Unless you’re very flush and/or a provisional taxpayer, be wary of accepting sponsored liquor (unless it’s wine, with glasses provided, or a zinc tub of beers, ice provided). We really appreciated the generosity of Pernod-Ricard, who supplied us with Absolut, Kahlua and a very cute ‘mixologist’, who made like Tom Cruise with a cocktail shaker. But this meant sourcing, hiring/buying/borrowing, fetching and returning: martini glasses (the single one that broke set me back R34.50); tumblers; ice; cooler boxes; mixers and other ingredients needed for the cocktails; waitrons; trays; and someone to wash up. The total cost of the sponsored liquor to Sooz and myself therefore worked out to about a grand each. Struik kindly gave us another grand (thanks to Helen Brain, who cajoled it out of their marketing department), but a lot of that went towards the napkins, bowls, posters, flowers, car-guards, etc. However, I can claim my share off tax, being self-employed. If this applies to you, save every receipt — SARS considers anything launch-related a legitimate business expense.
Was it all worth it?
Further (non-Open) thoughts:
I was too meek to even mention the “l” word when my first book was published, but I launched the next two by myself at UCT’s Centre for African Studies gallery, although the respective publishers supplied the invitations and the wine once I’d gotten things moving — plus they showed up on the night (do not take this for granted). The books were anthologies, so it was easy to turn the launches into readings by some of the poets/writers involved.
And this raises the question of chairs. Setting out and restacking plastic chairs dressed in one’s best bib and tucker is a pain in the neck – if they’re even available. They also take up space, which is often at a premium. BUT if there are several authors reading from a compilation, or a line-up of speakers (sometimes appropriate for more serious books), or you expect an older crowd for whom standing is likely to be tiring, then you’ll need chairs. Hanging around on high heels listening to speeches wears thin very fast.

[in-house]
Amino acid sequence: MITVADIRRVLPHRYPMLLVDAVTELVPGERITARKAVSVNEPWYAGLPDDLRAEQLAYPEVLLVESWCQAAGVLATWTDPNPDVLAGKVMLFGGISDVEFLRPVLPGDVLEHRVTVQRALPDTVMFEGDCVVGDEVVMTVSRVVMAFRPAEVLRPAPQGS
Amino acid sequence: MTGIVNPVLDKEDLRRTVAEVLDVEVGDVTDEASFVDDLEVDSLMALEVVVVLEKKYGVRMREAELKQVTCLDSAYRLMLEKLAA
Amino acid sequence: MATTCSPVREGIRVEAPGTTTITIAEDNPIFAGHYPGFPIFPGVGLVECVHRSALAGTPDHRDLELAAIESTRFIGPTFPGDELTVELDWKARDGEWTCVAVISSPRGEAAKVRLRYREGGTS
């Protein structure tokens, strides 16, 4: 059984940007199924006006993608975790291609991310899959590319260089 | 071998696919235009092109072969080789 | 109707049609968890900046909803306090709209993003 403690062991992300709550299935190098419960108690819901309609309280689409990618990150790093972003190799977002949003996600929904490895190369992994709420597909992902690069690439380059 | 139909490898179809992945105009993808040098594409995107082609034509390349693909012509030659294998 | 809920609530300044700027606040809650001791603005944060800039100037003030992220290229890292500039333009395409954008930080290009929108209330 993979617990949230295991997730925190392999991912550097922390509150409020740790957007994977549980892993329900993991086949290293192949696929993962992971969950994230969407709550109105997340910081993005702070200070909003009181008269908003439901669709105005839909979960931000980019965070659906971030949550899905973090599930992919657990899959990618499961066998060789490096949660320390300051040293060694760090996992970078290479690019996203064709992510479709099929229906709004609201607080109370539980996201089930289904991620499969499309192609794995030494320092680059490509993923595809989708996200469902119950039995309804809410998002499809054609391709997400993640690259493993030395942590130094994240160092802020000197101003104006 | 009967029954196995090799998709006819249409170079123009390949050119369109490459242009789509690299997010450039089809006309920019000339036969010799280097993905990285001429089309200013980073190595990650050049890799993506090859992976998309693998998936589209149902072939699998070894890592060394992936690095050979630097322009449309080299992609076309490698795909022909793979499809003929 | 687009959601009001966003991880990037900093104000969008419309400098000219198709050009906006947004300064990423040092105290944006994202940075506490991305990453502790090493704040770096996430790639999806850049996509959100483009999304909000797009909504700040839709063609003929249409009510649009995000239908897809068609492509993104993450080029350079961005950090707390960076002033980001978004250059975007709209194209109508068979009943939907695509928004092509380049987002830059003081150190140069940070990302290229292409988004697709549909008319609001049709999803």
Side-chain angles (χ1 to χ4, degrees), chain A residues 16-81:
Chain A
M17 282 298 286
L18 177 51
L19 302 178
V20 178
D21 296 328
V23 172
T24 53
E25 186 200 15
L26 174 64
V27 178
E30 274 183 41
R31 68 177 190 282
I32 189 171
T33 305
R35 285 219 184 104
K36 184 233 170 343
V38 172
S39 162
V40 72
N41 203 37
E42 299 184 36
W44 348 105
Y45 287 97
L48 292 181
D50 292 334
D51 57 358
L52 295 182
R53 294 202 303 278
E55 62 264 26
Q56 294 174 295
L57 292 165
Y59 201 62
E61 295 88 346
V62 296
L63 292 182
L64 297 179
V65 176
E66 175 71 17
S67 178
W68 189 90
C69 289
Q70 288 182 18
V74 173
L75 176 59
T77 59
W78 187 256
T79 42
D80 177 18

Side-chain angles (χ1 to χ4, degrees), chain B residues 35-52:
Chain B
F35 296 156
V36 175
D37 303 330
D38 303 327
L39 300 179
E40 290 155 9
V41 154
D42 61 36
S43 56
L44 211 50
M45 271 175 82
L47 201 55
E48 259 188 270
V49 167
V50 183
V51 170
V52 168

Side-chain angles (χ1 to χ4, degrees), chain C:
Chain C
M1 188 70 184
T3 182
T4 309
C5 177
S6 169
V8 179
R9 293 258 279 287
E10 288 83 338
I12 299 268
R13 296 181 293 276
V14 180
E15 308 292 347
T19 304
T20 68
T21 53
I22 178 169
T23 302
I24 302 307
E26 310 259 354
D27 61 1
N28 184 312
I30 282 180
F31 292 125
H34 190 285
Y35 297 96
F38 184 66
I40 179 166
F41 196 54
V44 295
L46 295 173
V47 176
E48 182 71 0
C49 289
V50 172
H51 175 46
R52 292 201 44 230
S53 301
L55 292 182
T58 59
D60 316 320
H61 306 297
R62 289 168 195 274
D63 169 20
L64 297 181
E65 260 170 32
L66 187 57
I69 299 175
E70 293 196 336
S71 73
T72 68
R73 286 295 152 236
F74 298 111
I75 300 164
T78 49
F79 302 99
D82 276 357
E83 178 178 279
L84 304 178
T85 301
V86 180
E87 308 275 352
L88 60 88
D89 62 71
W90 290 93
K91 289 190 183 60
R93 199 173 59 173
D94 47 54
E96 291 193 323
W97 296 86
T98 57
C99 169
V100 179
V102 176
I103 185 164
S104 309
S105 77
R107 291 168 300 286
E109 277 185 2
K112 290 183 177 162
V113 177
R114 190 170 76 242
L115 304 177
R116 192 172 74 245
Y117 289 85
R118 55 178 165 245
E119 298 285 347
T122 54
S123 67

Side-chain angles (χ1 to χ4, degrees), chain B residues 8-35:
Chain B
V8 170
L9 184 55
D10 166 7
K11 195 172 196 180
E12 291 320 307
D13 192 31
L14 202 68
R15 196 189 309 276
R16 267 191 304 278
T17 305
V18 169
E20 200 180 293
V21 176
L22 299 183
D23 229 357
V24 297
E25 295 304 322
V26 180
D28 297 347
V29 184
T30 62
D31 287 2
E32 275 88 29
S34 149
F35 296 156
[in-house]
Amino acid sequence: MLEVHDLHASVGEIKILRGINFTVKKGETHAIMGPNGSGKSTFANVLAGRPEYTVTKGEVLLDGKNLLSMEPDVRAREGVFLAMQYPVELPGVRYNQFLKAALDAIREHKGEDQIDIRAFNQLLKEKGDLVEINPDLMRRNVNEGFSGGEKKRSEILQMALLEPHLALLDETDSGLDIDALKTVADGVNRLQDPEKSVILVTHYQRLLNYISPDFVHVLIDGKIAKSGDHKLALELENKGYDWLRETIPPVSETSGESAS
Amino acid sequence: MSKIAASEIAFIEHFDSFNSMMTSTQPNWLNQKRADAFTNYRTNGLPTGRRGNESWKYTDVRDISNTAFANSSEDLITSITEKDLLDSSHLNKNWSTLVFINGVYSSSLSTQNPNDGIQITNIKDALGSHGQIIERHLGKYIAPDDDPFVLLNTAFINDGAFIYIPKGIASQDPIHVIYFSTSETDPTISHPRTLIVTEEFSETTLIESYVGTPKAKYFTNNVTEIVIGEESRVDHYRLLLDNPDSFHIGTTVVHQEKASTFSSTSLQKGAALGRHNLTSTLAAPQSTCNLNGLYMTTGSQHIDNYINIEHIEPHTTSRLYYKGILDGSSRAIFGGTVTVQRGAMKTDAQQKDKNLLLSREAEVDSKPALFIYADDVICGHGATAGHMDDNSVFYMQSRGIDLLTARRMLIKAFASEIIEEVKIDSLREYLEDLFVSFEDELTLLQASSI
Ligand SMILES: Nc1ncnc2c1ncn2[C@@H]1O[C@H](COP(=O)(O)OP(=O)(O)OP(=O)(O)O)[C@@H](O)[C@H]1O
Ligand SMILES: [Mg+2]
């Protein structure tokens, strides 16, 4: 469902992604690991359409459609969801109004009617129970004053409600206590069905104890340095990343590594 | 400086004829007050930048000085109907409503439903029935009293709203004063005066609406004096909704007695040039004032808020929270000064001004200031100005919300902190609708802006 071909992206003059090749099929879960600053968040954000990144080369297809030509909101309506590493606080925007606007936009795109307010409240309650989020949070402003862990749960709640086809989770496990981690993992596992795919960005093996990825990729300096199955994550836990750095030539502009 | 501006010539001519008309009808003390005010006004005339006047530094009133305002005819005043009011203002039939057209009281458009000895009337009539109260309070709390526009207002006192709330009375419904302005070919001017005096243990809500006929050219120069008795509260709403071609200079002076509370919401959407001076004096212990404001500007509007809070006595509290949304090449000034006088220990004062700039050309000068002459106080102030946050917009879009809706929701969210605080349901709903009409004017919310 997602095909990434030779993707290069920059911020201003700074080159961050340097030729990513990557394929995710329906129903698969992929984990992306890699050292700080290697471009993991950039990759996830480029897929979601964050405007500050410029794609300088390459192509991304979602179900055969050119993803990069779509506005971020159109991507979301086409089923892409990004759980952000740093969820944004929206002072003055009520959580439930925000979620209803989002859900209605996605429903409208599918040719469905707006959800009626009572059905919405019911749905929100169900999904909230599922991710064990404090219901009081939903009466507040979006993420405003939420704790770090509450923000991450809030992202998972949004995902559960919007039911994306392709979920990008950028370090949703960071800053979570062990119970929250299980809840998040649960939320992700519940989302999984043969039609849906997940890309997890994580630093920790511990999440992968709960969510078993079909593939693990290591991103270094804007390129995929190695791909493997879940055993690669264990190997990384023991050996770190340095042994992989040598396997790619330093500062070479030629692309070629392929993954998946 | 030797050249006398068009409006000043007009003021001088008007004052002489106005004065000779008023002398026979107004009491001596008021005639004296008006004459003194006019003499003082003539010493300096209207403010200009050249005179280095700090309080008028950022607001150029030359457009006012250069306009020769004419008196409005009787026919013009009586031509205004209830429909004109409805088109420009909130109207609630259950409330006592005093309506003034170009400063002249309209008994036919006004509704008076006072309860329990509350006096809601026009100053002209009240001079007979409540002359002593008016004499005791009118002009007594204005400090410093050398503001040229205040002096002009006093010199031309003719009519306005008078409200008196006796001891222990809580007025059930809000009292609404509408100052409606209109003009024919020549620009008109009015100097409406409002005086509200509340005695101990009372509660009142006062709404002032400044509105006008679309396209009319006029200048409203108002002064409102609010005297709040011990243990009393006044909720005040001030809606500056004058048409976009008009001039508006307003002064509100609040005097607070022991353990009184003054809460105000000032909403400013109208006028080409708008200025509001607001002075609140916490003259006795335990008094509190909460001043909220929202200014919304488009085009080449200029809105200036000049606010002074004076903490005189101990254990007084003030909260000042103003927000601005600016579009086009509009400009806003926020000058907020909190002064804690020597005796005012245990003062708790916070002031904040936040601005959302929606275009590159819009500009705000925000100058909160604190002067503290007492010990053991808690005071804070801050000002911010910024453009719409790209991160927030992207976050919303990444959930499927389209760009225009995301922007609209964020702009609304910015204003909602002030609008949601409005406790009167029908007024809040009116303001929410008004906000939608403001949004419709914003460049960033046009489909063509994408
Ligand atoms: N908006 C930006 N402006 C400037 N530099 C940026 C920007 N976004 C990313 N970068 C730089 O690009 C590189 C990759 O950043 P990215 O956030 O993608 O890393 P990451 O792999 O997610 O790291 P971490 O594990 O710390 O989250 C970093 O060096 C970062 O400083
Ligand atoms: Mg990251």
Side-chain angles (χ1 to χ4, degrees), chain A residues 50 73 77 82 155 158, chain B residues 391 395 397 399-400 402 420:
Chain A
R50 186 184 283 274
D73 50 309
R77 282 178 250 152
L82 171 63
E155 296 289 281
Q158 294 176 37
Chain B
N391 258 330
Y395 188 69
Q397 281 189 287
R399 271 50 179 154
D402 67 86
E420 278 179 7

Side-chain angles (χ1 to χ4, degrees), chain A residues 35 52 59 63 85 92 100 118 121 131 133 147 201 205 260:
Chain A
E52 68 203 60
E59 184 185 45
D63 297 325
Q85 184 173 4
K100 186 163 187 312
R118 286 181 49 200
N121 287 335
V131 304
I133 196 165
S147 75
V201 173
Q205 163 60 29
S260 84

If you have speakers or readers with soft voices, or you’re expecting a big crowd, you’ll need to organise a mike — and triple check that it works. It’s also wise to exercise restraint in the speech department. Last year I attended a launch at which FIVE people made speeches. One of them held forth for 25 minutes – I could have cheerfully stabbed him with my kebab. If there’s a panel, get a quick, clever, funny moderator who’ll prepare properly: someone who hogs the proceedings will kill your event. The rule of thumb is never to say or read anything that lasts longer than it takes to drink one glass of wine. This holds especially if you are expecting children at your launch – and give that some thought, too. Decide if you want children to be part of the celebration – and then make it kid-friendly. If your nice local bookshop is hosting the event, it is not kind to put “hyperactive toddlers welcome” on the invite, and then to serve sticky and highly coloured snacks. Consult first.
Don’t forget, launching your own book is hard work, much of it highly unglamorous (schlepping crates to and from your car trailed by the local bergies, fishing half-eaten samoosas out from under chairs, washing glasses in cold water, etc.) You need to decide what’s at stake for you. But bear in mind that your family may also need some sort of event to make sense of the time they have sacrificed to enable your book to be born.
And most NB of all, even if you’re too nervous to make a formal speech, do thank the people who made your book possible.